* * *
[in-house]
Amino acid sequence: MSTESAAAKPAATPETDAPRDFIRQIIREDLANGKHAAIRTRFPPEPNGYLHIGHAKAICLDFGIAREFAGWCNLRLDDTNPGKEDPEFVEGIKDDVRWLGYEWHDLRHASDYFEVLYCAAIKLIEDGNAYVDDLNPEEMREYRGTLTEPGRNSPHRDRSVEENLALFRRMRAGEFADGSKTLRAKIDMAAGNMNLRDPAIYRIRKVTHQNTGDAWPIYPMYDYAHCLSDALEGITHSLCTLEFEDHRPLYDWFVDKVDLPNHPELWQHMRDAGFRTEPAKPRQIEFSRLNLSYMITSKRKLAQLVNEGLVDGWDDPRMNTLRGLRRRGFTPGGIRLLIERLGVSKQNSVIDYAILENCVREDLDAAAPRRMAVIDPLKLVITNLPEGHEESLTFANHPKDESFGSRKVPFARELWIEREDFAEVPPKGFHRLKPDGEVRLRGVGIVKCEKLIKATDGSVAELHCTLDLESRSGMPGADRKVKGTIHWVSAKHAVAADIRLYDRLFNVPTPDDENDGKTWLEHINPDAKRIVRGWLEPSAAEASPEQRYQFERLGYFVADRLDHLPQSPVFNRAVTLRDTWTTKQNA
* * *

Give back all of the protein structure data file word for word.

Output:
[in-house]
Amino acid sequence: MSTESAAAKPAATPETDAPRDFIRQIIREDLANGKHAAIRTRFPPEPNGYLHIGHAKAICLDFGIAREFAGWCNLRLDDTNPGKEDPEFVEGIKDDVRWLGYEWHDLRHASDYFEVLYCAAIKLIEDGNAYVDDLNPEEMREYRGTLTEPGRNSPHRDRSVEENLALFRRMRAGEFADGSKTLRAKIDMAAGNMNLRDPAIYRIRKVTHQNTGDAWPIYPMYDYAHCLSDALEGITHSLCTLEFEDHRPLYDWFVDKVDLPNHPELWQHMRDAGFRTEPAKPRQIEFSRLNLSYMITSKRKLAQLVNEGLVDGWDDPRMNTLRGLRRRGFTPGGIRLLIERLGVSKQNSVIDYAILENCVREDLDAAAPRRMAVIDPLKLVITNLPEGHEESLTFANHPKDESFGSRKVPFARELWIEREDFAEVPPKGFHRLKPDGEVRLRGVGIVKCEKLIKATDGSVAELHCTLDLESRSGMPGADRKVKGTIHWVSAKHAVAADIRLYDRLFNVPTPDDENDGKTWLEHINPDAKRIVRGWLEPSAAEASPEQRYQFERLGYFVADRLDHLPQSPVFNRAVTLRDTWTTKQNA